Consumer Sentiment Weakened In December As Retail Sales Dipped 1.9%

Consumer Sentiment Weakened In December As Retail Sales Dipped 1.9%

U.S. retail sales fell the most in 10 months in December, overwhelmed by shortages and mounting COVID-19 infections, which might dampen the expectations that the economic growth picked momentum in the fourth quarter. 

Retail sales failed the expectations, plummeting 1.9% last month, marking the sharpest plunge since February 2021, reported the Commerce Department on Friday. The market was seeing only a 0.1% drop in December. However, in November, the forecast was revised to 0.2% from the initially reported 0.3% growth.

Excluding automobiles, sales dipped 2.3%, lagging the expectations for a 0.3% increase.

“The weakness in December was likely more about the timing of spending than the level,” said Scott Hoyt, a senior economist at Moody’s Analytics in West Chester, Pennsylvania. “Support is coming from job and income growth which is strong by pre-pandemic standards and abundant cash and available credit for many consumers.”

The consumer price index report released this week raised flags against rising inflation. The CPI increased 0.5% for the month, and 7% on a year-over-year basis, the rapid increase since June 1982. 

Wholesale prices also rose to 9.6% in the past 12 months, marking the highest rise since a major change in the index in 2009.

Unadjusted sales jumped 10.0% in December after gaining 2.5% in the preceding month. Considering that the sales figures are unadjusted for inflation, the data suggested a poor end to what otherwise could have been a splendid year. Retail sales, which measures demand for durable and non-durable goods, rose 16.9% from the pandemic-stricken year.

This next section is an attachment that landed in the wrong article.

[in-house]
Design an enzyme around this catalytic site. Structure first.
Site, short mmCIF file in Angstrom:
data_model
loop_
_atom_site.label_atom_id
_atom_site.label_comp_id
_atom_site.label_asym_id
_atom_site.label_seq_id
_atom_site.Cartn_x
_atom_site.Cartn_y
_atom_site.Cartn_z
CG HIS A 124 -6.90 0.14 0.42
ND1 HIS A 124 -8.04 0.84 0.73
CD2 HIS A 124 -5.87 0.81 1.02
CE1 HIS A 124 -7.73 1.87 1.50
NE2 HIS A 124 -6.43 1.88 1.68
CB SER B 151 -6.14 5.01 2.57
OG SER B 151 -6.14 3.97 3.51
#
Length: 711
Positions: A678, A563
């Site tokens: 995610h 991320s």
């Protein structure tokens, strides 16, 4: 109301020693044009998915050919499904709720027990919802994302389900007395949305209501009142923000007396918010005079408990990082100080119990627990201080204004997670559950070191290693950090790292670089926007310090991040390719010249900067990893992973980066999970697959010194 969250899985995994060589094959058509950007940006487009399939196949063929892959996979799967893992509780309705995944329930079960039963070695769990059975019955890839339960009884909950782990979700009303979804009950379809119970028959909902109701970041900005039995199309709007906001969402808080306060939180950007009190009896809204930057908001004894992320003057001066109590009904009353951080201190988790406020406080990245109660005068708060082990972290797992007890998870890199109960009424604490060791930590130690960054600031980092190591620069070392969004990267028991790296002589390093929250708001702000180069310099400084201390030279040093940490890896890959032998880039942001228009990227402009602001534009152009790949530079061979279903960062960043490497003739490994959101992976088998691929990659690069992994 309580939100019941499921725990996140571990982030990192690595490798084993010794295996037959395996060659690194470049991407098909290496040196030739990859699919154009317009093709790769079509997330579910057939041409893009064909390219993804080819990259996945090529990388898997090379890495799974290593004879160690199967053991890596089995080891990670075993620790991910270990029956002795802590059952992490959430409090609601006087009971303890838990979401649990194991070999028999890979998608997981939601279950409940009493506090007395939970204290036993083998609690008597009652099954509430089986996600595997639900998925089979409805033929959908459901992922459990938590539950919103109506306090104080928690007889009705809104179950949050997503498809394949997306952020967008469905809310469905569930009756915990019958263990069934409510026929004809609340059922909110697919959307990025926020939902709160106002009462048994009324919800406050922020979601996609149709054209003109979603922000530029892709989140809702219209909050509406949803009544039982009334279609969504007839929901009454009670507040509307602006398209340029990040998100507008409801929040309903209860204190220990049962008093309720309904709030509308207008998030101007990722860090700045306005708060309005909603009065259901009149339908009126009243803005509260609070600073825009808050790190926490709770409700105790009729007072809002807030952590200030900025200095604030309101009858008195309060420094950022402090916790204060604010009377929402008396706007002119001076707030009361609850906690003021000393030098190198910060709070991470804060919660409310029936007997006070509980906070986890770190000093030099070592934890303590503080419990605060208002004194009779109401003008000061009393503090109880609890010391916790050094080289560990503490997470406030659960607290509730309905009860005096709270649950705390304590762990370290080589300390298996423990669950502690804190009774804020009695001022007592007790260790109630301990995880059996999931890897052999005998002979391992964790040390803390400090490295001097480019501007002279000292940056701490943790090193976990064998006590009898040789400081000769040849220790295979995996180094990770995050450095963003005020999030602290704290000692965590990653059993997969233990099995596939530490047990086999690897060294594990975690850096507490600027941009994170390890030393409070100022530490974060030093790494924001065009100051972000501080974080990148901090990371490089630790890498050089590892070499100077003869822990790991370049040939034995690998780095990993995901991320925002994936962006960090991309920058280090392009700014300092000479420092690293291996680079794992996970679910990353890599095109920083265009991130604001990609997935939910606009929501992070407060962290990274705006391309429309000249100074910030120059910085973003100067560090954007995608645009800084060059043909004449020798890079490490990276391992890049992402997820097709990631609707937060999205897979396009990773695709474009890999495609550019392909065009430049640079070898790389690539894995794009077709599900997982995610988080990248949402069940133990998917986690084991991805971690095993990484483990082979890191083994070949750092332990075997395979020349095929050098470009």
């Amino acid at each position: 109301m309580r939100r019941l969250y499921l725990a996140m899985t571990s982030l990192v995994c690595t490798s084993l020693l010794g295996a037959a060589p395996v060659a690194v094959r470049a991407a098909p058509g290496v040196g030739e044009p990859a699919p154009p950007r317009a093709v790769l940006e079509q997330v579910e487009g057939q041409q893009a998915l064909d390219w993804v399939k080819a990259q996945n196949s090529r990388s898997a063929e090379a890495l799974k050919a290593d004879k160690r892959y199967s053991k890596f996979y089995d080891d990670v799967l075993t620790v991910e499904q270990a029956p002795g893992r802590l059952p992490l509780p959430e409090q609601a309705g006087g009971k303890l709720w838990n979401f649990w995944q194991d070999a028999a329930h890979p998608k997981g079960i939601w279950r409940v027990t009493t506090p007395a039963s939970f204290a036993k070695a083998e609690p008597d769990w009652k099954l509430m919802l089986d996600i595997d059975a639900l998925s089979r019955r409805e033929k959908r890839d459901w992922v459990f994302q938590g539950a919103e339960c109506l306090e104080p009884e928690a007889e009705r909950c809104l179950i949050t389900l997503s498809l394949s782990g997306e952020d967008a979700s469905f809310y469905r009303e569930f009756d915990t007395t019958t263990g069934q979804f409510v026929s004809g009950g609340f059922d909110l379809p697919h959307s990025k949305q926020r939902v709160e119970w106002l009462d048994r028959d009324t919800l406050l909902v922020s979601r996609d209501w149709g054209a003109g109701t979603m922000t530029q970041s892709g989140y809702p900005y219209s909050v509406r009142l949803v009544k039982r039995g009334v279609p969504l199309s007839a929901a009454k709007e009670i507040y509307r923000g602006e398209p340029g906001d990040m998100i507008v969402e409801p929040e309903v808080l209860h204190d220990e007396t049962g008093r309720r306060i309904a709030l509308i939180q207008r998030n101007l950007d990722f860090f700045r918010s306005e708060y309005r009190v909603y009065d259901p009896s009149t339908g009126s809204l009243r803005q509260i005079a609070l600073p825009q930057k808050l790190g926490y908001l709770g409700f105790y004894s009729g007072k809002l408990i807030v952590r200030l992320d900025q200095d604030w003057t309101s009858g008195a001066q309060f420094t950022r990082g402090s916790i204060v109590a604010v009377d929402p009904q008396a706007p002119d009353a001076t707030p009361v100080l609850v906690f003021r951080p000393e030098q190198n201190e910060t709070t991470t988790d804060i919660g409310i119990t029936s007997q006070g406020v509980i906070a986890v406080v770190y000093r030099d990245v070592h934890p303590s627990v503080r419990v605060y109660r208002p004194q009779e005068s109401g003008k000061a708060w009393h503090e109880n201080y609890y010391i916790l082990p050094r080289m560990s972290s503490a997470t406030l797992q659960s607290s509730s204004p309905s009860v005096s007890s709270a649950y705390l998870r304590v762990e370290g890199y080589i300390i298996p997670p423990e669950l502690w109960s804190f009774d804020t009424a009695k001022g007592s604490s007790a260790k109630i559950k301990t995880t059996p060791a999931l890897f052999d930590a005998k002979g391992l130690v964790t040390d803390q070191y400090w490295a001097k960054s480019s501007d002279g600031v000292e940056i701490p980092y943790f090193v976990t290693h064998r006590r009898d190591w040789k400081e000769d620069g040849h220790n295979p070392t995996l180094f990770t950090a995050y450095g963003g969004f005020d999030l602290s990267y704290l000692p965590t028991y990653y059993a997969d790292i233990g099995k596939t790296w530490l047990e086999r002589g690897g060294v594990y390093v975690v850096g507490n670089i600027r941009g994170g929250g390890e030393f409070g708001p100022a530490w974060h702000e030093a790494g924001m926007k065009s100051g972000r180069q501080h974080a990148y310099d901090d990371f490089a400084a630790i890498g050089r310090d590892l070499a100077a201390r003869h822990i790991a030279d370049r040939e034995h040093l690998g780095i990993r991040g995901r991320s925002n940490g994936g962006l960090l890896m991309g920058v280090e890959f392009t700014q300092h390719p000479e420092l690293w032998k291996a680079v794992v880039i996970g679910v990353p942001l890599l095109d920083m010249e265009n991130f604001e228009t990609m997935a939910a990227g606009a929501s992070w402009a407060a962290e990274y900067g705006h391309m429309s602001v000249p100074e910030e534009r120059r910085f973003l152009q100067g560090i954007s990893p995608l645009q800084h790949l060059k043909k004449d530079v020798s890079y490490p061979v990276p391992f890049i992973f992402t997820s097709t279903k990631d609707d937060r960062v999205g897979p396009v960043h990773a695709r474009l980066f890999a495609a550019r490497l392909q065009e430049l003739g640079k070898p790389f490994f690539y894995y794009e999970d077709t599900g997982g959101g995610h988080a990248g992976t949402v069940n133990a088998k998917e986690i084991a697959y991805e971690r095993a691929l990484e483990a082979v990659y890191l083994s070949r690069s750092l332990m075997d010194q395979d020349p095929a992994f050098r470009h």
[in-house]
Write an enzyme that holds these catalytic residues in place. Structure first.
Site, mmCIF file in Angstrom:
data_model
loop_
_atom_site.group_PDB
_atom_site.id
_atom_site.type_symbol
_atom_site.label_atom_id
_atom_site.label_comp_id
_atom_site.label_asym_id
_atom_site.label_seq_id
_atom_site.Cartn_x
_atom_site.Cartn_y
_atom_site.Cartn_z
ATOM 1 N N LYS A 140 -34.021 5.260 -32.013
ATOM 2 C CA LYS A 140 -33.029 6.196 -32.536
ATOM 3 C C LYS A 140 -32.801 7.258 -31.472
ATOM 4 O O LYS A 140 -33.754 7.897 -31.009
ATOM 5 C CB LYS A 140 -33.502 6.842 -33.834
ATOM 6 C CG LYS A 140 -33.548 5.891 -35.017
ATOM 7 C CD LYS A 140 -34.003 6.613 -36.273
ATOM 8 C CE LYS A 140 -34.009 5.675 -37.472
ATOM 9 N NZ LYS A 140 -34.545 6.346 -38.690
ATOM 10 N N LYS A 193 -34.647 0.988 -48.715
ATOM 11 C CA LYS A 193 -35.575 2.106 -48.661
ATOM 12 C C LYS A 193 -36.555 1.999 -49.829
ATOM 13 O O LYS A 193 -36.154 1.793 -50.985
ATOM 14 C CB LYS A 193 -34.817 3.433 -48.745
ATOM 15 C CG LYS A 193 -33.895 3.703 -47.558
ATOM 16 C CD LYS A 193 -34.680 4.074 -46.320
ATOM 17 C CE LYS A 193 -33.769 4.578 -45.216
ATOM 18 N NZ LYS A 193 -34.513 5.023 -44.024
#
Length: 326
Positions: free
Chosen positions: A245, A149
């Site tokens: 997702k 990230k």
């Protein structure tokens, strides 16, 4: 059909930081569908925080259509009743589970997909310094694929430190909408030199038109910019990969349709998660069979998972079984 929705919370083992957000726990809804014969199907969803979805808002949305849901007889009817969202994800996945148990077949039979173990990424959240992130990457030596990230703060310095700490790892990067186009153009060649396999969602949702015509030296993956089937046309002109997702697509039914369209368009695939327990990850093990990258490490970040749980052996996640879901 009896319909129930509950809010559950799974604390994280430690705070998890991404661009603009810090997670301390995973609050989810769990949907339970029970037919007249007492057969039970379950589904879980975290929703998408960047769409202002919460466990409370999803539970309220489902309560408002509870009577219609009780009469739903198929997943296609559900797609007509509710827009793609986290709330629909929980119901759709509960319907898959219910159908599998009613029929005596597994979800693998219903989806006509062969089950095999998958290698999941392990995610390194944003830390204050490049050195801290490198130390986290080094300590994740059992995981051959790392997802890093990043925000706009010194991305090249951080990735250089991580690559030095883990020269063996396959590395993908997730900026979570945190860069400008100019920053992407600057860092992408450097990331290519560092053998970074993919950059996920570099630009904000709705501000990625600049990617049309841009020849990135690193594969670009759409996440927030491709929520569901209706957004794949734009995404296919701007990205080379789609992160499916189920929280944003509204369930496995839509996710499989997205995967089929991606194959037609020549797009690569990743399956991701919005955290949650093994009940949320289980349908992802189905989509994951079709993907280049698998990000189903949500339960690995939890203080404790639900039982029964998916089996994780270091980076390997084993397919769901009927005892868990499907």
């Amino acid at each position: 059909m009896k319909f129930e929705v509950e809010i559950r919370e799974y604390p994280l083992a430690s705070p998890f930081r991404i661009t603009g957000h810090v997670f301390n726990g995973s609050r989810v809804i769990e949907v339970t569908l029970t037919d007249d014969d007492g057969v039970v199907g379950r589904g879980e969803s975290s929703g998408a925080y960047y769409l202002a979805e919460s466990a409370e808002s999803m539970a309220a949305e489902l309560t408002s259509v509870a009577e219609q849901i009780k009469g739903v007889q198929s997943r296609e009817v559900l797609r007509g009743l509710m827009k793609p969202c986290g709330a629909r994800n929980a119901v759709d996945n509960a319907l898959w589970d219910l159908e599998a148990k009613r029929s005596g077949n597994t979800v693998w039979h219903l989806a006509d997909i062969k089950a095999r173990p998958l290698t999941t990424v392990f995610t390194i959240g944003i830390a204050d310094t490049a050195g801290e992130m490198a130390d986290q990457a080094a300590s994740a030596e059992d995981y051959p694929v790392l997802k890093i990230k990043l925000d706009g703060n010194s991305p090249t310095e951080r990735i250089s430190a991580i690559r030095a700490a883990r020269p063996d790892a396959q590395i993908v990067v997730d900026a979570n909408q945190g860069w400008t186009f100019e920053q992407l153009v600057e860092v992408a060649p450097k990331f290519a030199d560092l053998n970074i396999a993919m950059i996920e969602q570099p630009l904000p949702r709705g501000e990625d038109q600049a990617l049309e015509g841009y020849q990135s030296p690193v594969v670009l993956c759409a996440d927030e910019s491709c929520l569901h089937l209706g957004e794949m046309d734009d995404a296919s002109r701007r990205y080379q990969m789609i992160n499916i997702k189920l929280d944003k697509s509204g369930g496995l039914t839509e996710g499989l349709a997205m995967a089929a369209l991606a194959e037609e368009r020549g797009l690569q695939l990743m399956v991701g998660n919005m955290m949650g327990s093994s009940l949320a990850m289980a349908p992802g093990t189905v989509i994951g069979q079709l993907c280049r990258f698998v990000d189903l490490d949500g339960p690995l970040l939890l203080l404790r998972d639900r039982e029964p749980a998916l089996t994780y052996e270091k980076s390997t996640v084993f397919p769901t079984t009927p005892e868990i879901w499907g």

Nonstore retailers reported the biggest fall of 8.7% for the month, with online spending taking a massive blow as a percentage of total spending. Furniture and home furnishing sales fell 5.5% while sporting goods, music and book stores sales plunged 4.3%.

The pandemic-induced supply chain disruptions and increased cases of covid infection are hurting the businesses and consumer sentiment. 

The retail sales report reflects that Americans kicked off their holiday shopping in October to avoid empty shelves, which took away the sunshine from December. The cold sales season shall continue in January owing to the mounting tally of covid infection will limit the customers reaching places like restaurants and bars.

 The only service category in the sales report–Restaurants and bars–plunged 0.8% for the month, which saw an annual gain of 41.3% in 2021.

Electronics and appliance stores sales fell 2.9%. Receipts at service stations dipped 0.7% as gasoline prices bounced back from the higher levels seen in recent months. 

Sales at food and beverage stores plummeted 0.5%, and clothing stores sales dropped 3.1%. Only two categories came in the positive territory–miscellaneous store retailers, which grew 1.8% and building materials and gardening centers, which rose 0.9% during the month.

“Consumer spending will remain the cornerstone of economic growth this year, but the near-term path will be choppy amid surging Omicron cases,” said Lydia Boussour, lead U.S. economist at Oxford Economics. Boussour believes after a weak first quarter, spending should rebound in the spring on the back of wage growth and savings.